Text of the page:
The Obama administration said it has full confidence in U.S. Solicitor General Donald Verrilli after he was challenged by Supreme Court justices during his defense of the president’s health-care law.
“Mr. Verrilli is an extraordinarily talented advocate who possesses a sharp mind, keen judgment, and unquestionable integrity,” White House Counsel Kathryn Ruemmler said in an e-mail. “He ably and skillfully represented the United States before the Supreme Court yesterday, and we have every confidence that he will continue to do so.”
Ruemmler’s statement was reported earlier by Politico.
Chief Justice John Roberts and Justices Antonin Scalia, Samuel Alito and Anthony Kennedy repeatedly interrupting Verrilli yesterday during the second of three days of arguments in the case brought by opponents of the law.
Roberts directed three-quarters of his approximately 20 questions to Verrilli on a provision of the law requiring Americans obtain health insurance or pay a penalty.
In several instances, the court’s Democratic appointees, including Justices Ruth Bader Ginsburg and Sonia Sotomayor, jumped in to bolster Verrilli’s case.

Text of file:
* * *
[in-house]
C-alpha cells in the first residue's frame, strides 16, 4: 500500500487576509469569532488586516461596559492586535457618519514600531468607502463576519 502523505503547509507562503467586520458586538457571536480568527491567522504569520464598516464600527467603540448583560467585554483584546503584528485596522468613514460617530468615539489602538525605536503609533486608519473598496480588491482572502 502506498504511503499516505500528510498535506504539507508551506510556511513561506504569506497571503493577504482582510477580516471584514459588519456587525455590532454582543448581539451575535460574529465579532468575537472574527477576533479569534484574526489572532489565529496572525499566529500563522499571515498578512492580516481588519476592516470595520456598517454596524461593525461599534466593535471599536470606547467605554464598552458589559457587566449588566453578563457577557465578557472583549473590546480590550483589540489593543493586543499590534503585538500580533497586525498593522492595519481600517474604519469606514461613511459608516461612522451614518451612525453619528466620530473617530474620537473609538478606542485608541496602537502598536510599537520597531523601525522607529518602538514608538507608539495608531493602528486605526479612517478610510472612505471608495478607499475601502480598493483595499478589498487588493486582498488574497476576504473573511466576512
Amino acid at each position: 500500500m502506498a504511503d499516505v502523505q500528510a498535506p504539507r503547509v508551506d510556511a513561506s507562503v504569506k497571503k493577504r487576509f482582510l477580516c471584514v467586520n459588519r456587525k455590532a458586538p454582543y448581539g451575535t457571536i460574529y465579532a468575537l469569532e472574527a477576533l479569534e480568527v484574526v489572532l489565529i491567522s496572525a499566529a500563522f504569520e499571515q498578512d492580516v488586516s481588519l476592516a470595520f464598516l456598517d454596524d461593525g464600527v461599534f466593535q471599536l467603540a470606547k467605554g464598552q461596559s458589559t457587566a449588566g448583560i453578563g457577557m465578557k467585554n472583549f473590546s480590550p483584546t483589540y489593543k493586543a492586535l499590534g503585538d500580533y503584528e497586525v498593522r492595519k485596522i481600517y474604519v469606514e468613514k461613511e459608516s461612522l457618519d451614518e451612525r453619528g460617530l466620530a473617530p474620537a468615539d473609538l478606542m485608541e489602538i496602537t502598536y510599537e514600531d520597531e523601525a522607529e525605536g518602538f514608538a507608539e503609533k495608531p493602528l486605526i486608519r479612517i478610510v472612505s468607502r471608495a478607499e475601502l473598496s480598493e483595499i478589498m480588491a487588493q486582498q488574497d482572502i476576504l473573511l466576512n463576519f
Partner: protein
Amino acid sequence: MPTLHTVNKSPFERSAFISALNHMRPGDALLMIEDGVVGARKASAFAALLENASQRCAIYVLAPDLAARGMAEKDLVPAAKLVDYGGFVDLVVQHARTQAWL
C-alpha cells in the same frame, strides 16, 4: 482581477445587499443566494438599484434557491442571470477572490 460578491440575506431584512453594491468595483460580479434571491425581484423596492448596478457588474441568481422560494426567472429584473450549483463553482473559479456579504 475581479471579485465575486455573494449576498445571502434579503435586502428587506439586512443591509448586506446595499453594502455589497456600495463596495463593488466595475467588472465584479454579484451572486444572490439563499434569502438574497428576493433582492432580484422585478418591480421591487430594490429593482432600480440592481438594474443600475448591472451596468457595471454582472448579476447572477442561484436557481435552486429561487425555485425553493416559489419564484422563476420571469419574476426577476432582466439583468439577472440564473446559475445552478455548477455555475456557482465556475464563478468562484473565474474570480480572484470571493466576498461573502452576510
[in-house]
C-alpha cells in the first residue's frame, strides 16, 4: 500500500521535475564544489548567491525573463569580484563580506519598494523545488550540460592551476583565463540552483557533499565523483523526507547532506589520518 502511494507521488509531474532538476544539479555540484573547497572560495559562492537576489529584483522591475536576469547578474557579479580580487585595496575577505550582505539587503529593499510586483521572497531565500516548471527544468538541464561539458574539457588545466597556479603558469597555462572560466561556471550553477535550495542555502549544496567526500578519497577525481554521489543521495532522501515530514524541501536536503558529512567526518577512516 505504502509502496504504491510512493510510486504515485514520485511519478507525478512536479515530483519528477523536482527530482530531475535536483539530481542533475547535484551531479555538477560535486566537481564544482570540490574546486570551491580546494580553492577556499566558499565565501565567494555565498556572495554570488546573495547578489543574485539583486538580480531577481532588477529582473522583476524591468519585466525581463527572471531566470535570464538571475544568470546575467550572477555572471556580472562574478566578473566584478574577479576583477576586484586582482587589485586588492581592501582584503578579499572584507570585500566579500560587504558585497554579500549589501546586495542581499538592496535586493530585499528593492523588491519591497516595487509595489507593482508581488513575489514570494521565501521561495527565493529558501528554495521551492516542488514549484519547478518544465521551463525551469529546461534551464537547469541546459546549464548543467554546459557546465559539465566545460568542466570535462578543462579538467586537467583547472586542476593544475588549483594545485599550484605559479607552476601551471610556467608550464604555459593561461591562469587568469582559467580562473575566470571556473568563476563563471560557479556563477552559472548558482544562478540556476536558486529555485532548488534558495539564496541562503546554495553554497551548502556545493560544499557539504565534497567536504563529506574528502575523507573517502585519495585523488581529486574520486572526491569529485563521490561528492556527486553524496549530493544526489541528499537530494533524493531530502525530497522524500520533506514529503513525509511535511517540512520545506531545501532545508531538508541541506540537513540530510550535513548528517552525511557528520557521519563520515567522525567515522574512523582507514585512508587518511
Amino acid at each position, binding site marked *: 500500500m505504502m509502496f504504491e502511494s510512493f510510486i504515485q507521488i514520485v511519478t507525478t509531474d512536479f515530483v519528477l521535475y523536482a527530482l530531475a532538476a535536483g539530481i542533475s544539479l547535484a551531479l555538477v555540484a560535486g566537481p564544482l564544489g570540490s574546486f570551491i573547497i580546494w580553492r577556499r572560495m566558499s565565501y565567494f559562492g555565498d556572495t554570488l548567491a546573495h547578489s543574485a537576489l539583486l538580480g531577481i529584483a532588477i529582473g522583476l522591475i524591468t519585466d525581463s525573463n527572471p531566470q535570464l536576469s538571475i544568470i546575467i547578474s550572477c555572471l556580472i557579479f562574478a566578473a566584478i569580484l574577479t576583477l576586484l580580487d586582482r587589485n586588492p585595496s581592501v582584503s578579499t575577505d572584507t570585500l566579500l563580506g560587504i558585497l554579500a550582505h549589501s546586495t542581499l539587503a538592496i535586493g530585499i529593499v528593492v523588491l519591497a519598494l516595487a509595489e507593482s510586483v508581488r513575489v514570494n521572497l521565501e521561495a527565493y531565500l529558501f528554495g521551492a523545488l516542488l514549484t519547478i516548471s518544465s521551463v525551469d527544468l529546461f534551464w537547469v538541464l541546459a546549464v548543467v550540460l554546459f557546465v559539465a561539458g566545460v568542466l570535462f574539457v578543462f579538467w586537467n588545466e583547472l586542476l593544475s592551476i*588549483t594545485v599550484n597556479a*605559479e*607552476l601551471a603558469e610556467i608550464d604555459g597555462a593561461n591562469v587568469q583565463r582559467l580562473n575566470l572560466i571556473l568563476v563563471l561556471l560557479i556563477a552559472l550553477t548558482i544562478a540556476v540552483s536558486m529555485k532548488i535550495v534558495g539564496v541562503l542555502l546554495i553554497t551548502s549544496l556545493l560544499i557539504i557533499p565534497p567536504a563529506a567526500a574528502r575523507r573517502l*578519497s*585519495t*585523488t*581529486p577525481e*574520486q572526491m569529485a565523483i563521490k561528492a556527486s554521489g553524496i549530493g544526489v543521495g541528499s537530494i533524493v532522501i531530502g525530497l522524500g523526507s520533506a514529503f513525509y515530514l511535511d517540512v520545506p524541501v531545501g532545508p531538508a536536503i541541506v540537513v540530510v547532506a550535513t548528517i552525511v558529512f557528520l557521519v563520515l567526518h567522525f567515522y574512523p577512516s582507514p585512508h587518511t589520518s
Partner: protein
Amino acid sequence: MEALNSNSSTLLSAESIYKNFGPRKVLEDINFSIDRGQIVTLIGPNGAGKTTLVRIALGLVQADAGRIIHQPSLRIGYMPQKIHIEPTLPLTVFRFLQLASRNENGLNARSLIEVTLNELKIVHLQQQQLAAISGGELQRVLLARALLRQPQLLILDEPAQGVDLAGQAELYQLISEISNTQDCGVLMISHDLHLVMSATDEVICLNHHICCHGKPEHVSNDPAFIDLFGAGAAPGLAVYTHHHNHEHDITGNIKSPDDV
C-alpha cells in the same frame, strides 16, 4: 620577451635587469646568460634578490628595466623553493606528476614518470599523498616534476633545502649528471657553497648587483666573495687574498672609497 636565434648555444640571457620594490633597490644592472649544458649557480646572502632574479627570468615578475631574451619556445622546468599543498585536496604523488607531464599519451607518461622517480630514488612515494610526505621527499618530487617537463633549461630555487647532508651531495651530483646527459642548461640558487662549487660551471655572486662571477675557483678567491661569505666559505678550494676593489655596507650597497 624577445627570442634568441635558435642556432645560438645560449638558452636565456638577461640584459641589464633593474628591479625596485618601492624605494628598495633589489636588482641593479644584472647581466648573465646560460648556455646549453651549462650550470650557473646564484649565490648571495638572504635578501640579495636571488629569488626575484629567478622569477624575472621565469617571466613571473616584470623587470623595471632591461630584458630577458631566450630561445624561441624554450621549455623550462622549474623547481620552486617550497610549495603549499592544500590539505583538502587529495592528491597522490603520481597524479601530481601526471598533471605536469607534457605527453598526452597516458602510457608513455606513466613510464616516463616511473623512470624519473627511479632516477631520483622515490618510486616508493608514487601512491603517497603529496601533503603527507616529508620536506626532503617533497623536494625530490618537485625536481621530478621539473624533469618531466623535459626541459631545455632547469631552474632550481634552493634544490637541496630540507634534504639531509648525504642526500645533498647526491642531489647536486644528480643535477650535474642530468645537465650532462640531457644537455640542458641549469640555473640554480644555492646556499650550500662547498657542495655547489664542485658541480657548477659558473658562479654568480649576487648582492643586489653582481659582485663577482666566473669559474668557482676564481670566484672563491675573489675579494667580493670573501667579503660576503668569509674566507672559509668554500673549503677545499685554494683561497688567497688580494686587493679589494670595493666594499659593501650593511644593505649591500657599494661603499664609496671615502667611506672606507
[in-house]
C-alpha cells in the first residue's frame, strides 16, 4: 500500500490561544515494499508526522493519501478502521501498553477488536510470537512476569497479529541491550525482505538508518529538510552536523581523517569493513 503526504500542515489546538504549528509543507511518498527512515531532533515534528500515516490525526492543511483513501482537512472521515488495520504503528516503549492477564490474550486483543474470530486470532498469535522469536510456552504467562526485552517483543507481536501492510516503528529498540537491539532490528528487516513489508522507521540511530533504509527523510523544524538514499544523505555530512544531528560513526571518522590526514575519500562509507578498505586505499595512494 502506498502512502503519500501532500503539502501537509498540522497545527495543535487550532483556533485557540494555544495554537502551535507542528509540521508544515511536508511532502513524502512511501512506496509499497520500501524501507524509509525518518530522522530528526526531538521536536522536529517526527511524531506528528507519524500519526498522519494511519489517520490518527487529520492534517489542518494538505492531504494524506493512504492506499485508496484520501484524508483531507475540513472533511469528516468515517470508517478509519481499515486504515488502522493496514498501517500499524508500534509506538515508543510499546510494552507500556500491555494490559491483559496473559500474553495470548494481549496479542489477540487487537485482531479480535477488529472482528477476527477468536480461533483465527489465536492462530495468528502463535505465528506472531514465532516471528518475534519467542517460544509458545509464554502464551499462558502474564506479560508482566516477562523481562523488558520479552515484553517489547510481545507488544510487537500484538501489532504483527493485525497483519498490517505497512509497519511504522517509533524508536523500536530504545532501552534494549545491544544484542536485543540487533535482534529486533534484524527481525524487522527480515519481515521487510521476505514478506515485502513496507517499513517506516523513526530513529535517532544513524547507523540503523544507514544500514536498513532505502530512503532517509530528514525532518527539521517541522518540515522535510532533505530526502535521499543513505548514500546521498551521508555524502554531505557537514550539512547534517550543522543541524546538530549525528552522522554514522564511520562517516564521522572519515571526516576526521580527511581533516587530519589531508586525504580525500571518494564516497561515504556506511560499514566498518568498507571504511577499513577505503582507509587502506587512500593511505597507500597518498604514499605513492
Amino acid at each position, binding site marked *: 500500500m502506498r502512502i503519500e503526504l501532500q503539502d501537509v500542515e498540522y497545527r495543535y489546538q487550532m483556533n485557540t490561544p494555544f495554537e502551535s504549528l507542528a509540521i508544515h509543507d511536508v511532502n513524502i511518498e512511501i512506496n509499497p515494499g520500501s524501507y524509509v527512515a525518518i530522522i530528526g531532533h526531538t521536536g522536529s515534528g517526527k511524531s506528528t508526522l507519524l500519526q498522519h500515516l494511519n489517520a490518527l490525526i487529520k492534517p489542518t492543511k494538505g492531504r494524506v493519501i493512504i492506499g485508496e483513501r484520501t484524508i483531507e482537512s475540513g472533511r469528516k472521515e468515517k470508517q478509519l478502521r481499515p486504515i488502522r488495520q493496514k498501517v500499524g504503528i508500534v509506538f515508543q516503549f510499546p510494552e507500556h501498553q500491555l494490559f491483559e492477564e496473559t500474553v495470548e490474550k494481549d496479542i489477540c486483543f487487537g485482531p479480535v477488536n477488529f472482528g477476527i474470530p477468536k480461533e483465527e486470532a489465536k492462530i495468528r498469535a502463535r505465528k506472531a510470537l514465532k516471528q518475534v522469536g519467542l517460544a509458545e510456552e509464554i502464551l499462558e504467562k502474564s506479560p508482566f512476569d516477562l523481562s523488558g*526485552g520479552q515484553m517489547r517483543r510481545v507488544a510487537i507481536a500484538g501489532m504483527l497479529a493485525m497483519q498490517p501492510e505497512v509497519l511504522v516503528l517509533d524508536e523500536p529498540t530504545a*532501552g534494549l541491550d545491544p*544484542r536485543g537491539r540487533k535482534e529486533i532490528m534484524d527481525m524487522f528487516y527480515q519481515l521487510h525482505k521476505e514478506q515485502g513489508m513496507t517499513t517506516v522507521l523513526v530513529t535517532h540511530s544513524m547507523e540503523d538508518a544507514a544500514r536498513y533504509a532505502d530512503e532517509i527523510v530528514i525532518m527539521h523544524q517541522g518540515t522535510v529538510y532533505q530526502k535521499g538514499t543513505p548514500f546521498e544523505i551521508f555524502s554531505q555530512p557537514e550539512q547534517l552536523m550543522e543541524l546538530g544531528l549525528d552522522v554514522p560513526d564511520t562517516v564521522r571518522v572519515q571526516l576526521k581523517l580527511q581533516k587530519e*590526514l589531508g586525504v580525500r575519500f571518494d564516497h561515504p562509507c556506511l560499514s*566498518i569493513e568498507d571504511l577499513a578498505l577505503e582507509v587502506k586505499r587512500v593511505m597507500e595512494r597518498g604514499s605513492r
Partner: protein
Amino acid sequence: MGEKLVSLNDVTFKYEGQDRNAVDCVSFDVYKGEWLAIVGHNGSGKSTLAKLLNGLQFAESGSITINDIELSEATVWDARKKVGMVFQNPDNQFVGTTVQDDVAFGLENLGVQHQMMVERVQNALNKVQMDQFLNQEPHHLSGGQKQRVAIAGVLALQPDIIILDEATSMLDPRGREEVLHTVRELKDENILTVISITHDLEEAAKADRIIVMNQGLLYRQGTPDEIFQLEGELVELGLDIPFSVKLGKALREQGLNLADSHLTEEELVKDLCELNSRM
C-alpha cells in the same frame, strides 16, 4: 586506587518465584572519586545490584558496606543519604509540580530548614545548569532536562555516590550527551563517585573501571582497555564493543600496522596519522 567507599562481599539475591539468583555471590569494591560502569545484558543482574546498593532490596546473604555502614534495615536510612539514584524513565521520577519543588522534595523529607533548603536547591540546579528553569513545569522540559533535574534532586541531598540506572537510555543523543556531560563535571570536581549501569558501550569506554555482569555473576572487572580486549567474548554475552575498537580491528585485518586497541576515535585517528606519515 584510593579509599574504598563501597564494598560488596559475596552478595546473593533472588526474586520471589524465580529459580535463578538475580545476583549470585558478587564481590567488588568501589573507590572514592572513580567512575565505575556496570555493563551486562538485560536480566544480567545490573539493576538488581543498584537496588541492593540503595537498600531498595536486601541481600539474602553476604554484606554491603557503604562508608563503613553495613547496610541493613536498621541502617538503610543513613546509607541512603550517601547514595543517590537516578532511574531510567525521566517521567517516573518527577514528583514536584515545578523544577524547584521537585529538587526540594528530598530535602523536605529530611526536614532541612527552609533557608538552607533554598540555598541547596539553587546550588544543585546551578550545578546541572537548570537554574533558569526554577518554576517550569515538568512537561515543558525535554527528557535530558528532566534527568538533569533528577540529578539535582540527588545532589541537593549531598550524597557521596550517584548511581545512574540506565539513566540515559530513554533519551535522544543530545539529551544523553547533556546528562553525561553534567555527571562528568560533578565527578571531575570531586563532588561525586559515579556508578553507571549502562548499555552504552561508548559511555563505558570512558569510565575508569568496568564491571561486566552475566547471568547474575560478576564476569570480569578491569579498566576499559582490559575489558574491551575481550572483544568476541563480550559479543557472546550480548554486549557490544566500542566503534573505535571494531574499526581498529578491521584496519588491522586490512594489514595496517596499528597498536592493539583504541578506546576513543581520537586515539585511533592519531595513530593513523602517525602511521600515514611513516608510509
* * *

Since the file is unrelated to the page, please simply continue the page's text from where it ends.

Tom Goldstein, an appellate lawyer whose Scotusblog website tracks the court, said after “one stumble out of the gate” at the beginning of his argument, Verrilli withstood intense questioning from the four Republican-appointed justices.
Verrilli “brought to the argument his status as really one of the small handful of lawyers the Justices genuinely trust after decades of hearing him argue,” Goldstein wrote. Bloomberg Law sponsors the blog.
Verrilli, as a private attorney and in government, argued before the Supreme Court 17 times prior to this week’s health-care case, according to Tracy Schmaler, a Justice Department spokeswoman.
President Barack Obama nominated Verrilli, 54, as solicitor general in January 2011 to succeed Elena Kagan, who the president named as associate justice of the Supreme Court.
He previously served as deputy counsel to Obama and as associate deputy attorney general in the Justice Department.
Verrilli is a graduate of Columbia Law School, where he served as editor-in-chief of the Columbia Law Review. He was a law clerk to Justice William Brennan and taught constitutional law as an adjunct professor at Georgetown University Law Center for more than 15 years.